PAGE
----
As I hinted at last week, party conferences are surreal. And none more so than this week’s Conservative Party gathering in Manchester.
For the HE sector, it started with a bang. The Prime Minister used her pre-conference media interviews to announce a freeze in tuition fees, a rise in the repayment threshold, and a big review of university funding.
‘Policy for Marr’ is an old trick – the Sunday papers and talk shows need to be fed with announcements to keep critics at bay and fill the space before the conference kicks off properly. Ed Miliband announced his policy to reduce fees to £6,000 for the same reason on the Marr show ahead of the 2011 conference. No one thought it would survive the week, let alone four years to a general election.
Then something strange started happening on Sunday afternoon – Jo Johnson and others started saying that the so-called “review” (by then assumed by many to be an all singing and dancing commission) was not happening, only that his department “always keeps the system under review”. And so we assumed that was it.
But something wasn’t quite adding up. No.10 officials started wondering outloud why the media hadn’t picked up on the review line more strongly. But they only had to look as far as their education department. DfE had been doing such a good job of talking it out of existence in one reality. But in another, it was apparently still alive.
Schrödinger’s review, if you like, only seemed to exist if you really thought about it. But you had to concentrate hard.
It was such a fragile idea and could so easily vanish in one of the many gusts of hot air that emanated from fringe meetings all over town.
I searched the conference halls high and low for the elusive review, and all I found were colleagues also searching, and all we could do is circulate the circular story, round and round the convention centre. Jo Johnson would only repeat that he “always keeps the system under review”.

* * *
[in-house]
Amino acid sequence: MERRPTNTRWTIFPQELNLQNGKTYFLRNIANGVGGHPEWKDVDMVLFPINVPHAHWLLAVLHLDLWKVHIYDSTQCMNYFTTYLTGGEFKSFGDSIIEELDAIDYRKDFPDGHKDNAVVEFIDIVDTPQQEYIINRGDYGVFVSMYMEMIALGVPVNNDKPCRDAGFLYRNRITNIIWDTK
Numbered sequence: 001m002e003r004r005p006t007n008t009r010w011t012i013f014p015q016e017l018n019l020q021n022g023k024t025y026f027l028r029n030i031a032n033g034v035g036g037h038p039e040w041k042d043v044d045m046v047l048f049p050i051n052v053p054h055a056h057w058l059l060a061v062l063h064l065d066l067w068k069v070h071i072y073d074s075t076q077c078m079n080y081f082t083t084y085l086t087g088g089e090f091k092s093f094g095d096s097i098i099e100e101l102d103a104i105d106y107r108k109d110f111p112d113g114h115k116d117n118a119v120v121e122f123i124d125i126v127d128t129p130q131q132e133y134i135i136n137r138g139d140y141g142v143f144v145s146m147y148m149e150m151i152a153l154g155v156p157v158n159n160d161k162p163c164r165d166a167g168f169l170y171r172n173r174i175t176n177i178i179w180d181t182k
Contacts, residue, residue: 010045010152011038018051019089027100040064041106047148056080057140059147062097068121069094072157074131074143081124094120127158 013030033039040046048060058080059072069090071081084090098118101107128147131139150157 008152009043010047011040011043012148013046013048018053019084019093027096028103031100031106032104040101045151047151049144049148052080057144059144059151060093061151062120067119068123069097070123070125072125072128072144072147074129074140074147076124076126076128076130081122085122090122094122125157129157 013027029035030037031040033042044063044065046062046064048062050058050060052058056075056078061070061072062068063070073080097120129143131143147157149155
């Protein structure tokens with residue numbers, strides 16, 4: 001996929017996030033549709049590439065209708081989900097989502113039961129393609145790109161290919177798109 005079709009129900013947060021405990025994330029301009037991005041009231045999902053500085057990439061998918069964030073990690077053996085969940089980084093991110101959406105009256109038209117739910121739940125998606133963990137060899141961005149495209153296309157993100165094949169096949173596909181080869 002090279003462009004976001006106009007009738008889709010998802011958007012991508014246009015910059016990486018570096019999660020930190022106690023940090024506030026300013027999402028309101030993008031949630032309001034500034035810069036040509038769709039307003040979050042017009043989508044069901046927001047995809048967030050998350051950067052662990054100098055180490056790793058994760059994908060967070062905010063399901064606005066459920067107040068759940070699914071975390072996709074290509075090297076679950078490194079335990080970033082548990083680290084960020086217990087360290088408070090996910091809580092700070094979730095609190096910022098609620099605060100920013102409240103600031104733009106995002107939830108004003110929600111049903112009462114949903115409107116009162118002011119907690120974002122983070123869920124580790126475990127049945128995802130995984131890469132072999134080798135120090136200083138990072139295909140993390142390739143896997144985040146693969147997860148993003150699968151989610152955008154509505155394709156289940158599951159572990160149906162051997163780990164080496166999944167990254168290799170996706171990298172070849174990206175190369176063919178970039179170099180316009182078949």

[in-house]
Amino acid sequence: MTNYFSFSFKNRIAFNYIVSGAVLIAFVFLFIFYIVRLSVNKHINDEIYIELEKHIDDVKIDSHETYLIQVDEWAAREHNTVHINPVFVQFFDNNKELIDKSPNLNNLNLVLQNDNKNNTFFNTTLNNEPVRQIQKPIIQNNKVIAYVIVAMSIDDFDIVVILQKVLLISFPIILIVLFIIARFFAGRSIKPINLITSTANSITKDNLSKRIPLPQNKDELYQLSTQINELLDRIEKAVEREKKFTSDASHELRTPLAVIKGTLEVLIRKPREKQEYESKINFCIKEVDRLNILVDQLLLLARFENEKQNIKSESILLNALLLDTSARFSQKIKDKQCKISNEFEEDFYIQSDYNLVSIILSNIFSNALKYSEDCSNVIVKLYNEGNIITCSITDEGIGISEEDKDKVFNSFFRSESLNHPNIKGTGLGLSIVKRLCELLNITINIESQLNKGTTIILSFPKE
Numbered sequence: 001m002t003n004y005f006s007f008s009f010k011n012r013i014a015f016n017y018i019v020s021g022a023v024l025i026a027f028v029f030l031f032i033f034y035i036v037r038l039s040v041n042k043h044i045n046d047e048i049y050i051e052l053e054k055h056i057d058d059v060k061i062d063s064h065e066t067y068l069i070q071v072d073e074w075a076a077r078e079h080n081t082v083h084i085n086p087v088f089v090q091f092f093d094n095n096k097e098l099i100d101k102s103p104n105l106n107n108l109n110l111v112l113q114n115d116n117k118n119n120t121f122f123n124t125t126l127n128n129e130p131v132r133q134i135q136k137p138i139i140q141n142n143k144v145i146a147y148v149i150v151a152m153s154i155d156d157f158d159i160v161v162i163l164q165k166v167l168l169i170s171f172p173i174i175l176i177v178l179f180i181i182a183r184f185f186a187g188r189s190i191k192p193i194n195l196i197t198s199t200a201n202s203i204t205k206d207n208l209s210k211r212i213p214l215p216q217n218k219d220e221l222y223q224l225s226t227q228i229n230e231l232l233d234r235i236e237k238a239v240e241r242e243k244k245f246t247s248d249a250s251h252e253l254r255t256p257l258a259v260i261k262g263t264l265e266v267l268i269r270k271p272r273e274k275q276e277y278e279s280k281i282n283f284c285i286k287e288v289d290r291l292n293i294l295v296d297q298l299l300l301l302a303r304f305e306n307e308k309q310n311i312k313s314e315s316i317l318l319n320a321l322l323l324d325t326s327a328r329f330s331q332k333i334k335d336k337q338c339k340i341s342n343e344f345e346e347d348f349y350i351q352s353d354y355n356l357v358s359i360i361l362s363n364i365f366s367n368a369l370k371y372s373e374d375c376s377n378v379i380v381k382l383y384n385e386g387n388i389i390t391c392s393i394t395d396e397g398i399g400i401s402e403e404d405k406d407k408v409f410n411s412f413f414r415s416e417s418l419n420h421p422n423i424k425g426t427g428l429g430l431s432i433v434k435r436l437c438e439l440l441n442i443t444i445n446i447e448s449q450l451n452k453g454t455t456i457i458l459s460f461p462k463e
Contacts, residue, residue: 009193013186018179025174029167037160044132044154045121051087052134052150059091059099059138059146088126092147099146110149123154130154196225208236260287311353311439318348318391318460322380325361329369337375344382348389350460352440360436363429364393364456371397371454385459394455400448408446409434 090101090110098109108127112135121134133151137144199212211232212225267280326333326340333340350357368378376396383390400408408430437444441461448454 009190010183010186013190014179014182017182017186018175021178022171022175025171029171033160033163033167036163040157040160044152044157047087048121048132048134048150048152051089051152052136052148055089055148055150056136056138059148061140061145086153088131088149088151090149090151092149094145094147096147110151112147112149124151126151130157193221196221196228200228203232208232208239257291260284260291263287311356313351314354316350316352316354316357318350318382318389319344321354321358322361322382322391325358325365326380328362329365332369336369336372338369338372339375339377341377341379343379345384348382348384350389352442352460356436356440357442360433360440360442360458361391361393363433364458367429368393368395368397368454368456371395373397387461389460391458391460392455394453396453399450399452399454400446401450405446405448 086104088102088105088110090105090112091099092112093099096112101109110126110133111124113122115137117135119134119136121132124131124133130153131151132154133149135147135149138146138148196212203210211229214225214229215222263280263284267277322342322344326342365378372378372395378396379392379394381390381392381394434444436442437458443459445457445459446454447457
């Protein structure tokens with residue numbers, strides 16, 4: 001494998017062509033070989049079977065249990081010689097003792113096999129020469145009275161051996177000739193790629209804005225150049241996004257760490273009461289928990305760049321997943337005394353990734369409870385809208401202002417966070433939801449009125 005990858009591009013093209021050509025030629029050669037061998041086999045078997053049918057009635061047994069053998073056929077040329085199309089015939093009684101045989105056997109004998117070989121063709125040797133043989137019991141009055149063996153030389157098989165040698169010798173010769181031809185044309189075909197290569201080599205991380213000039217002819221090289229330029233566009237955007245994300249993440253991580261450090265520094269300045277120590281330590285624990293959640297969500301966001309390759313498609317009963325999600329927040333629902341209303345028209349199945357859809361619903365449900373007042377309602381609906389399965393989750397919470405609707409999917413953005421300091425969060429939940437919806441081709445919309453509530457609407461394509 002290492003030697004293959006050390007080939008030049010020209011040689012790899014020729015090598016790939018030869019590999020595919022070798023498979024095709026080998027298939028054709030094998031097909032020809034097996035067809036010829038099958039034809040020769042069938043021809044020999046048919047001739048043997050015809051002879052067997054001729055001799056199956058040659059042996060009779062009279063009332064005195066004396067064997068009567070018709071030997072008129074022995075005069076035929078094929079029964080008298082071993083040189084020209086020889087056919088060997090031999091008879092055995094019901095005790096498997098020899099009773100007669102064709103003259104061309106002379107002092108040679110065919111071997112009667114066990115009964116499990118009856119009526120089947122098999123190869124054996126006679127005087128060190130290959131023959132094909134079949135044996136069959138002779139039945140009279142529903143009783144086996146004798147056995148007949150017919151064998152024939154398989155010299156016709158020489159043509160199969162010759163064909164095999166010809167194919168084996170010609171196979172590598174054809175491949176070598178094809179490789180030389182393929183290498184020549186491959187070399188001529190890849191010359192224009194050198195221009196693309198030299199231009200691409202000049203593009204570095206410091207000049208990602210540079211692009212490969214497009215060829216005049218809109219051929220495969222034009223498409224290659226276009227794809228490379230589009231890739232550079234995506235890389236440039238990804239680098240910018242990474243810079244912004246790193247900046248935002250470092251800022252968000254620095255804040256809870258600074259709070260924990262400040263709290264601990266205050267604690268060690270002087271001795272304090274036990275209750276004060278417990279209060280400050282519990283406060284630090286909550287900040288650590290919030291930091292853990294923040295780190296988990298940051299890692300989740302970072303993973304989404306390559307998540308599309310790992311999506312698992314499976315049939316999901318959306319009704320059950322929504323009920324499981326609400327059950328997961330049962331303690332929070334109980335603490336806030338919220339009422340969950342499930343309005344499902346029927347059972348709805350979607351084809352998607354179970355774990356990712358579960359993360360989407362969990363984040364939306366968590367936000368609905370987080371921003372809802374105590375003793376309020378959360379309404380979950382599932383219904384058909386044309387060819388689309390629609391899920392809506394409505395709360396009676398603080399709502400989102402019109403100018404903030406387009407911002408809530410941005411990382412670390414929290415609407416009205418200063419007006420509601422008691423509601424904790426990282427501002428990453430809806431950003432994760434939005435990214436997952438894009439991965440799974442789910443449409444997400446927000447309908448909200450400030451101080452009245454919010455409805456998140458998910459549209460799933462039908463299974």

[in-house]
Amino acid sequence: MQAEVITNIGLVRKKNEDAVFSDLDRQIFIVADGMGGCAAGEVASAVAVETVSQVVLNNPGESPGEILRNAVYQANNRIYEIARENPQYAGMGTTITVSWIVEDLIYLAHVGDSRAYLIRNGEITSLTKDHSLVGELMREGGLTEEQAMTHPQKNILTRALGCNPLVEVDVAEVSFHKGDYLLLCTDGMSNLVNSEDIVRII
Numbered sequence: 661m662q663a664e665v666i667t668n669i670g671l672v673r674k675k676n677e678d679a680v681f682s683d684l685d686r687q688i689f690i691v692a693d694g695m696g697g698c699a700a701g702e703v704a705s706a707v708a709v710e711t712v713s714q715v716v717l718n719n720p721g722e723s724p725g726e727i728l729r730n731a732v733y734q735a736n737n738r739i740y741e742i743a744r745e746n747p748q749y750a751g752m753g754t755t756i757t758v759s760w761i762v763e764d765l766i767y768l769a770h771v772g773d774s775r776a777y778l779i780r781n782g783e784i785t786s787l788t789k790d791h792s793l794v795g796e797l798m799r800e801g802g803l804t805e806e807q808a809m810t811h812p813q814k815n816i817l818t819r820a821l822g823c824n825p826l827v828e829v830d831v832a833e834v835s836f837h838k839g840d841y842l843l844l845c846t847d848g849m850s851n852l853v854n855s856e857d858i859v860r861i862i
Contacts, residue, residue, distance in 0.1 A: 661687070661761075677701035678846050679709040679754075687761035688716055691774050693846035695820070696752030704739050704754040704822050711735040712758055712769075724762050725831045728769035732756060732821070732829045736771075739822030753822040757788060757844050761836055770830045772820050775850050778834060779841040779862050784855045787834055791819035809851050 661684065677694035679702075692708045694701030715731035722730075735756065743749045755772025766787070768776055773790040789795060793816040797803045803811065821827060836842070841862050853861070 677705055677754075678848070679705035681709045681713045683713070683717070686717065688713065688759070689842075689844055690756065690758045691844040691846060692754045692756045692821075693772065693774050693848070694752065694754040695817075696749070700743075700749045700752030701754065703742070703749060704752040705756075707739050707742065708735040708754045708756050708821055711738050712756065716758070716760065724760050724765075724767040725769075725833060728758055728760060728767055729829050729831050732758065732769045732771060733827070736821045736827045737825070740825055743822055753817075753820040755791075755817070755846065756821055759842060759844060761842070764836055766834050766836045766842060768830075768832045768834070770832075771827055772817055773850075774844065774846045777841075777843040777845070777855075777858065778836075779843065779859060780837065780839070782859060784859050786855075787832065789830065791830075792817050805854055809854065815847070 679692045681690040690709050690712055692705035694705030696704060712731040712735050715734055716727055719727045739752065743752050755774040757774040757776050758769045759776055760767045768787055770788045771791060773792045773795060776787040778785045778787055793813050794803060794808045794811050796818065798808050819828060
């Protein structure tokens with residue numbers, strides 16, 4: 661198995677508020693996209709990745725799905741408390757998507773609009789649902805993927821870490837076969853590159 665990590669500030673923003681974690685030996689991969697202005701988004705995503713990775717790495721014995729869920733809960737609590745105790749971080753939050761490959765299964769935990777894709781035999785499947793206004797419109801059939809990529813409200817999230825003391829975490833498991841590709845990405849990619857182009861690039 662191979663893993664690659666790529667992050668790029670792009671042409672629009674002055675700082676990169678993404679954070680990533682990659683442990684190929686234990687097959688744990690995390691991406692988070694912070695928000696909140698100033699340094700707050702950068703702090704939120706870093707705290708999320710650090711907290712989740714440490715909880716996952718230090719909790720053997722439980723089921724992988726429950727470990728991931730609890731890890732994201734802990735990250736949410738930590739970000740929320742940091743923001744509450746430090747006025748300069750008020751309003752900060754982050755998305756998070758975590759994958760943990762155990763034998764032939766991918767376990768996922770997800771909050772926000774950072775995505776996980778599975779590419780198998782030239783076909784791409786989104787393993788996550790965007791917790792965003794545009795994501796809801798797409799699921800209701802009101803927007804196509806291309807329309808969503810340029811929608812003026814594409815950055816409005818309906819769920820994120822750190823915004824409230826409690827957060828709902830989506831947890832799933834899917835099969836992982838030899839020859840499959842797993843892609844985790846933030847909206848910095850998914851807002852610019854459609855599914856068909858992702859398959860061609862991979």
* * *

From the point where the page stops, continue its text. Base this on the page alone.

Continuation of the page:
I was starting to lose my grip on it.
Then with a bang, the review came back into being. Theresa May said in her extraordinary speech to the conference that the government would conduct a “major review of student finance and university funding”. For several hours, those lines were repeated on social media and news bulletins. And it seemed so real.
But no terms of reference were announced. No big chair appointed. There was not another word on the matter from No.10 or the Conservative Party. DfE declined an opportunity to talk to us further about it.
At the time of writing, the review still exists in two states: alive and dead. Only Whitehall politics will now provide us with the clarity we search for. Good luck, everyone.
The ambiguity, for now, does give us an opportunity to think about what such a review should look at if it ever happens. Elsewhere on the site, David Kernohan and I have attempted a first stab at that project. Expect many others to weigh in over the coming days and weeks.
The Secret List
You’ve not properly experienced Conservative Party Conference until you’ve been vigorously protested at on the way through security. This year’s protests were occasionally niche, but still angry, and journalists, sector lobbyists, government ministers and party activists were all shouted at equally.
I witnessed one very well-known HE sector figure making his way into the conference centre, only to be asked in a loud but matter-of-fact voice “ARE YOU ON THERESA MAY’S SECRET LIST OF PAEDOS?”